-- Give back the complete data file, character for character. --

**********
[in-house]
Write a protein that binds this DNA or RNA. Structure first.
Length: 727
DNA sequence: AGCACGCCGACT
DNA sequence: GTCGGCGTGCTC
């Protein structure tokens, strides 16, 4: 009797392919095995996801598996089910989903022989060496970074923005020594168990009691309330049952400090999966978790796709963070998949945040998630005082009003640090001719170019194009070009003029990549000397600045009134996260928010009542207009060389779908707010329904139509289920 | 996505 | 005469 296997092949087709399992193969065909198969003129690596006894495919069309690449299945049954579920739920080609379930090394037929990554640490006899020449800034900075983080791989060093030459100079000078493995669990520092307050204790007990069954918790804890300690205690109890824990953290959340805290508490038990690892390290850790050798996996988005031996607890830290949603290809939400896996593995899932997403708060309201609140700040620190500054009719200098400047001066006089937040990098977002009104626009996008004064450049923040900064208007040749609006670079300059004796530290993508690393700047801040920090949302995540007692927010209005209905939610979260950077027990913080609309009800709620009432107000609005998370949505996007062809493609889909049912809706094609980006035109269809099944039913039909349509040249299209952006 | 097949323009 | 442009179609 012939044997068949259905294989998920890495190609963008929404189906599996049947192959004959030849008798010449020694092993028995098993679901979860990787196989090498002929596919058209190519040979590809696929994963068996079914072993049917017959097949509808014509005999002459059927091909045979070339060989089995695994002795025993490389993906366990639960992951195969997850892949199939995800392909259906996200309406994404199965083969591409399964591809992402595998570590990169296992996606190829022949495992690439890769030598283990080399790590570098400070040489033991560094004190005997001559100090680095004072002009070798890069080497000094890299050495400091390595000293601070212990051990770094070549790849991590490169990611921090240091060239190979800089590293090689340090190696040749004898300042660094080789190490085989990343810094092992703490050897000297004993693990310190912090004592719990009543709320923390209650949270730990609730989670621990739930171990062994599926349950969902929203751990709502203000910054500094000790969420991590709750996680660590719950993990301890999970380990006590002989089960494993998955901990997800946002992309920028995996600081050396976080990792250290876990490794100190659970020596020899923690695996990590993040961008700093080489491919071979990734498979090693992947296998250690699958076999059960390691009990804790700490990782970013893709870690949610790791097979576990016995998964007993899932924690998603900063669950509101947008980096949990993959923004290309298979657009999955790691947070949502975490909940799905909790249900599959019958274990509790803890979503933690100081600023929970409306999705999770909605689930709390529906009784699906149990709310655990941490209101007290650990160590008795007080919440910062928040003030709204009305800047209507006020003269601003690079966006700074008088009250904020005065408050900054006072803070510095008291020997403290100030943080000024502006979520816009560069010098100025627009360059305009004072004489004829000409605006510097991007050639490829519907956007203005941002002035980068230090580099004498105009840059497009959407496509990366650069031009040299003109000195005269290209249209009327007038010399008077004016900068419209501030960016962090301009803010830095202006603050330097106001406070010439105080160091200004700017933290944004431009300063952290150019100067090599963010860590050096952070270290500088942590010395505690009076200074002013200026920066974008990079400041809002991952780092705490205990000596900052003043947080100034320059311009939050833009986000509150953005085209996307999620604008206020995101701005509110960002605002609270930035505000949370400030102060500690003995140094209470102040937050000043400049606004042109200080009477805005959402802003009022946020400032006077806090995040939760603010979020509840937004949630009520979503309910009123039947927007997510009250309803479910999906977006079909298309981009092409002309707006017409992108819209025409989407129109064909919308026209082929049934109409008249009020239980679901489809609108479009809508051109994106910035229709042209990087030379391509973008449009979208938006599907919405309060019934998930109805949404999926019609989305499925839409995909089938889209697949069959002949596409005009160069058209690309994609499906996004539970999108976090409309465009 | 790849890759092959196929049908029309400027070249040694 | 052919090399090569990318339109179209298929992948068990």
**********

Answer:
[in-house]
Write a protein that binds this DNA or RNA. Structure first.
Length: 727
DNA sequence: AGCACGCCGACT
DNA sequence: GTCGGCGTGCTC
């Protein structure tokens, strides 16, 4: 009797392919095995996801598996089910989903022989060496970074923005020594168990009691309330049952400090999966978790796709963070998949945040998630005082009003640090001719170019194009070009003029990549000397600045009134996260928010009542207009060389779908707010329904139509289920 | 996505 | 005469 296997092949087709399992193969065909198969003129690596006894495919069309690449299945049954579920739920080609379930090394037929990554640490006899020449800034900075983080791989060093030459100079000078493995669990520092307050204790007990069954918790804890300690205690109890824990953290959340805290508490038990690892390290850790050798996996988005031996607890830290949603290809939400896996593995899932997403708060309201609140700040620190500054009719200098400047001066006089937040990098977002009104626009996008004064450049923040900064208007040749609006670079300059004796530290993508690393700047801040920090949302995540007692927010209005209905939610979260950077027990913080609309009800709620009432107000609005998370949505996007062809493609889909049912809706094609980006035109269809099944039913039909349509040249299209952006 | 097949323009 | 442009179609 012939044997068949259905294989998920890495190609963008929404189906599996049947192959004959030849008798010449020694092993028995098993679901979860990787196989090498002929596919058209190519040979590809696929994963068996079914072993049917017959097949509808014509005999002459059927091909045979070339060989089995695994002795025993490389993906366990639960992951195969997850892949199939995800392909259906996200309406994404199965083969591409399964591809992402595998570590990169296992996606190829022949495992690439890769030598283990080399790590570098400070040489033991560094004190005997001559100090680095004072002009070798890069080497000094890299050495400091390595000293601070212990051990770094070549790849991590490169990611921090240091060239190979800089590293090689340090190696040749004898300042660094080789190490085989990343810094092992703490050897000297004993693990310190912090004592719990009543709320923390209650949270730990609730989670621990739930171990062994599926349950969902929203751990709502203000910054500094000790969420991590709750996680660590719950993990301890999970380990006590002989089960494993998955901990997800946002992309920028995996600081050396976080990792250290876990490794100190659970020596020899923690695996990590993040961008700093080489491919071979990734498979090693992947296998250690699958076999059960390691009990804790700490990782970013893709870690949610790791097979576990016995998964007993899932924690998603900063669950509101947008980096949990993959923004290309298979657009999955790691947070949502975490909940799905909790249900599959019958274990509790803890979503933690100081600023929970409306999705999770909605689930709390529906009784699906149990709310655990941490209101007290650990160590008795007080919440910062928040003030709204009305800047209507006020003269601003690079966006700074008088009250904020005065408050900054006072803070510095008291020997403290100030943080000024502006979520816009560069010098100025627009360059305009004072004489004829000409605006510097991007050639490829519907956007203005941002002035980068230090580099004498105009840059497009959407496509990366650069031009040299003109000195005269290209249209009327007038010399008077004016900068419209501030960016962090301009803010830095202006603050330097106001406070010439105080160091200004700017933290944004431009300063952290150019100067090599963010860590050096952070270290500088942590010395505690009076200074002013200026920066974008990079400041809002991952780092705490205990000596900052003043947080100034320059311009939050833009986000509150953005085209996307999620604008206020995101701005509110960002605002609270930035505000949370400030102060500690003995140094209470102040937050000043400049606004042109200080009477805005959402802003009022946020400032006077806090995040939760603010979020509840937004949630009520979503309910009123039947927007997510009250309803479910999906977006079909298309981009092409002309707006017409992108819209025409989407129109064909919308026209082929049934109409008249009020239980679901489809609108479009809508051109994106910035229709042209990087030379391509973008449009979208938006599907919405309060019934998930109805949404999926019609989305499925839409995909089938889209697949069959002949596409005009160069058209690309994609499906996004539970999108976090409309465009 | 790849890759092959196929049908029309400027070249040694 | 052919090399090569990318339109179209298929992948068990």